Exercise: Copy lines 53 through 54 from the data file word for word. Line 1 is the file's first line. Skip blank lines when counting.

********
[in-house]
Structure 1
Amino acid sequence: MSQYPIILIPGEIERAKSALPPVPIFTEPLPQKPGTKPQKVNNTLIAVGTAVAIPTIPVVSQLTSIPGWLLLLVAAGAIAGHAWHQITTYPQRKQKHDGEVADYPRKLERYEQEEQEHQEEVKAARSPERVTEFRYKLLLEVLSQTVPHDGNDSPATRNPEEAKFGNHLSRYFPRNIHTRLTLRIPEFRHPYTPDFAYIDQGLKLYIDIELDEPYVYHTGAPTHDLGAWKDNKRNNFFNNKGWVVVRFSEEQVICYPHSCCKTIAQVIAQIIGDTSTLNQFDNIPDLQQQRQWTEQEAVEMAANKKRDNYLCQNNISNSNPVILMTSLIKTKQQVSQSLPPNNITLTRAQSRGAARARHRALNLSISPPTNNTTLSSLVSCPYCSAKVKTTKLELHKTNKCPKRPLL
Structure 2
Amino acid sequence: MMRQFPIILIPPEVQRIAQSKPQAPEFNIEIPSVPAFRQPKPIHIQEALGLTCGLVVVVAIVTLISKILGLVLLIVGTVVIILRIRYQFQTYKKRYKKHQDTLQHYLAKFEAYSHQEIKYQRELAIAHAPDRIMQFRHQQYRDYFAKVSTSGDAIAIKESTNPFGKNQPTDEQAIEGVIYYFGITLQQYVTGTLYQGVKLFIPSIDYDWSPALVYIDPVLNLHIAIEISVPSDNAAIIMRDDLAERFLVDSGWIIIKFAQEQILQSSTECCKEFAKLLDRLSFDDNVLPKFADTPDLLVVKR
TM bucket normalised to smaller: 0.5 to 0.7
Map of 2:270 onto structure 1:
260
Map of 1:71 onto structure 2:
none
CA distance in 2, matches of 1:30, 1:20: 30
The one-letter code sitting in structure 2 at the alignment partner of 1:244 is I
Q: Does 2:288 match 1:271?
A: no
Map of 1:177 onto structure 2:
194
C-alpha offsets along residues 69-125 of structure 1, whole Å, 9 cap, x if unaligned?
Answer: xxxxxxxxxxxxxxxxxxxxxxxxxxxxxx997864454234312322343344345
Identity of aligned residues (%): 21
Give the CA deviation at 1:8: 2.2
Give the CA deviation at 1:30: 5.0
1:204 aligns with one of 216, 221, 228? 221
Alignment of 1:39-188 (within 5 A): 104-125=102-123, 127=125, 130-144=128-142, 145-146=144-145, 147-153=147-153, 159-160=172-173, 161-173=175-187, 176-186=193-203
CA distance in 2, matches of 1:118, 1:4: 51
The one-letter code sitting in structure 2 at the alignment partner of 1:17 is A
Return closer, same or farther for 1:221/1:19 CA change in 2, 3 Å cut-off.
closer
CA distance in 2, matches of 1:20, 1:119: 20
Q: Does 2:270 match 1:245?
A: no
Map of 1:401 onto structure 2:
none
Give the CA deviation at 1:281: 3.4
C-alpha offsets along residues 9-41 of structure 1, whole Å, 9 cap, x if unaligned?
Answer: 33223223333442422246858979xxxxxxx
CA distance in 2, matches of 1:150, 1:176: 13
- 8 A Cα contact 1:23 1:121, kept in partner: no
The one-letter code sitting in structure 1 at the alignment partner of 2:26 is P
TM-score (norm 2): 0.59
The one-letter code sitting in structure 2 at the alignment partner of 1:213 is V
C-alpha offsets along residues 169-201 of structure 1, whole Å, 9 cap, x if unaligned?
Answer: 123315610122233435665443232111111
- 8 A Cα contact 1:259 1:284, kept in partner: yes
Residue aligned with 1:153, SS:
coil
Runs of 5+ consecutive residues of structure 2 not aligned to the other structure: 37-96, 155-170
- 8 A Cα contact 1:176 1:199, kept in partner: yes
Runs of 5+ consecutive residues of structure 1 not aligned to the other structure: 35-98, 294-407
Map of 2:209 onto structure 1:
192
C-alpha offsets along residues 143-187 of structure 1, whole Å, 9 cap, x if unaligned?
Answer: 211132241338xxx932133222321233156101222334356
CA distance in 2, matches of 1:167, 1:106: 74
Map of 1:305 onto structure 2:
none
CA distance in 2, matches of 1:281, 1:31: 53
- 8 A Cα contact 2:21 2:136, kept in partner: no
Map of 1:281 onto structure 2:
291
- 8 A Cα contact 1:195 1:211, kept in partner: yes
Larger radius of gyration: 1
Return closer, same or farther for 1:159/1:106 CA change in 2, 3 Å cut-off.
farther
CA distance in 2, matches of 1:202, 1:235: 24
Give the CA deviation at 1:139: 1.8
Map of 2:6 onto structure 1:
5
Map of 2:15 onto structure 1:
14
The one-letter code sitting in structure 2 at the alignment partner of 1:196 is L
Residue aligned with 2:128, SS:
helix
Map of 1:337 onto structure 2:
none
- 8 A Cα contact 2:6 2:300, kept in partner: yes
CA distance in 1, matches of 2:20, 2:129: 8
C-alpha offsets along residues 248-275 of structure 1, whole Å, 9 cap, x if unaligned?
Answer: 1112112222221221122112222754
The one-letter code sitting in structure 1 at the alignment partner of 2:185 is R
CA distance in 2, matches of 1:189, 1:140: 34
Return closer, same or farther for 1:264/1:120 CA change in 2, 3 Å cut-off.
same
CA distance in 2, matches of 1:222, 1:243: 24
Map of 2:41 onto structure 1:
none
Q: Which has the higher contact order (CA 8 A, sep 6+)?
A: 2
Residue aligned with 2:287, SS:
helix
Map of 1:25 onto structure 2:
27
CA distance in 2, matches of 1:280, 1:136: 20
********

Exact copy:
CA distance in 2, matches of 1:167, 1:106: 74
Map of 1:305 onto structure 2: